PRIOR TO MY SON considering Tufts University as a potential transfer college three years ago, I’d never heard of this Massachusetts university. But Caleb had done his research, followed by a flight to Boston to explore three colleges there. All three eventually accepted him, with Tufts offering a financial aid package that would allow him to afford an education at the Medford/Somerville campus.
I shall always be grateful to the benefactor who gave my son this opportunity to learn at a highly-ranked student-centered research university. Caleb needed the challenges Tufts offered. He needed to leave the Midwest. He needed a place like Tufts.
After visiting Tufts’ Medford/Somerville campus for the first time the day before commencement, I understood why Caleb loves this university. The college, set atop a hill and with a spectacular view of the distant Boston skyline from the roof of Tisch Library, is stunningly impressive.
Aged buildings define the campus, although newer ones also stand and are under construction.
Tufts (with four campuses) was established in 1852 and has an enrollment of nearly 12,000 students. It’s mascot is Jumbo the elephant of circus fame. President Barack and Michelle Obama’s daughter Malia toured Tufts in March 2015, settling later on Harvard University in next-door Cambridge as her college choice. Noted individuals like Meredith Vieira, Daniel Patrick Moynihan and Michlle Kwan are Tufts alum.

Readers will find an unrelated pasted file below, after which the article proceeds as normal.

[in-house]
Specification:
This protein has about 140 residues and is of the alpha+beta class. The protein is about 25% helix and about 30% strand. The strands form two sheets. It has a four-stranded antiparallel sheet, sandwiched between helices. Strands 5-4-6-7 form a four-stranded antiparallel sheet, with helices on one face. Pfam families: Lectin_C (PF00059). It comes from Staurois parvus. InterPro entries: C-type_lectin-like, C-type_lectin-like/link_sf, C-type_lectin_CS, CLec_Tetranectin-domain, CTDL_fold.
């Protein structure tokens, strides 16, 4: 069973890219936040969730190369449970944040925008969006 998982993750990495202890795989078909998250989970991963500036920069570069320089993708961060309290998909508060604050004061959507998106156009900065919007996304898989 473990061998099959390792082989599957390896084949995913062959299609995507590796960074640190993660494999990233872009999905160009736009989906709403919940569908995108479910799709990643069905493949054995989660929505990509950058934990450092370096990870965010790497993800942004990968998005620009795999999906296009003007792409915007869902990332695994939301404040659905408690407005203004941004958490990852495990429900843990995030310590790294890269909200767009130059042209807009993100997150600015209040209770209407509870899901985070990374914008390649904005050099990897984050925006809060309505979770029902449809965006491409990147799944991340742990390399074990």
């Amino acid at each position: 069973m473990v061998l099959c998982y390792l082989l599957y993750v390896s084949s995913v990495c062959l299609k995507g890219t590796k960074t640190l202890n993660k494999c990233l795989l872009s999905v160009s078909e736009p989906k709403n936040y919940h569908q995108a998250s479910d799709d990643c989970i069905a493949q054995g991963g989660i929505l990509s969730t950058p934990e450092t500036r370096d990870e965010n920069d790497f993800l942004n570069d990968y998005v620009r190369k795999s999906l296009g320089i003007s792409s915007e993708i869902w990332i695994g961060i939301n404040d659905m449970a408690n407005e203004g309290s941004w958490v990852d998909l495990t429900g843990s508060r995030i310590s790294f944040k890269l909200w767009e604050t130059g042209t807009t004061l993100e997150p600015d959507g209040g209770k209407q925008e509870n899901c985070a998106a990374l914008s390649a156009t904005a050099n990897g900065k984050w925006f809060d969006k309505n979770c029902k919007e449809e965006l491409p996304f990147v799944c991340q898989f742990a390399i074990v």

Given my appreciation for old buildings and lovely architecture, I loved the historic feel of Tufts. There’s something comforting and storied about structures that have existed for a long time. There’s an ongoing connection to generations of students who’ve walked these halls and this campus under a canopy of trees with spacious green space, seemingly a premium in the greater Boston neighborhoods I saw during my late May visit.
It is easy to love Tufts.
I understand why, at age 22, my son likes living in greater Boston. This metro area teems with young people. There’s a certain vibe, a constant hum, a busyness that prevails. People are walking/hurrying everywhere. The mass transit system makes getting around easy.
It’s not a place I would choose to live. But it is, for now, my son’s home. And although I don’t like having him 1,400 miles away, I have accepted that he lives here, too far from Minnesota, in a city he loves.
FYI: Check back for a tour of a neighborhood surrounding Tufts.
© Copyright 2016 Audrey Kletscher Helbling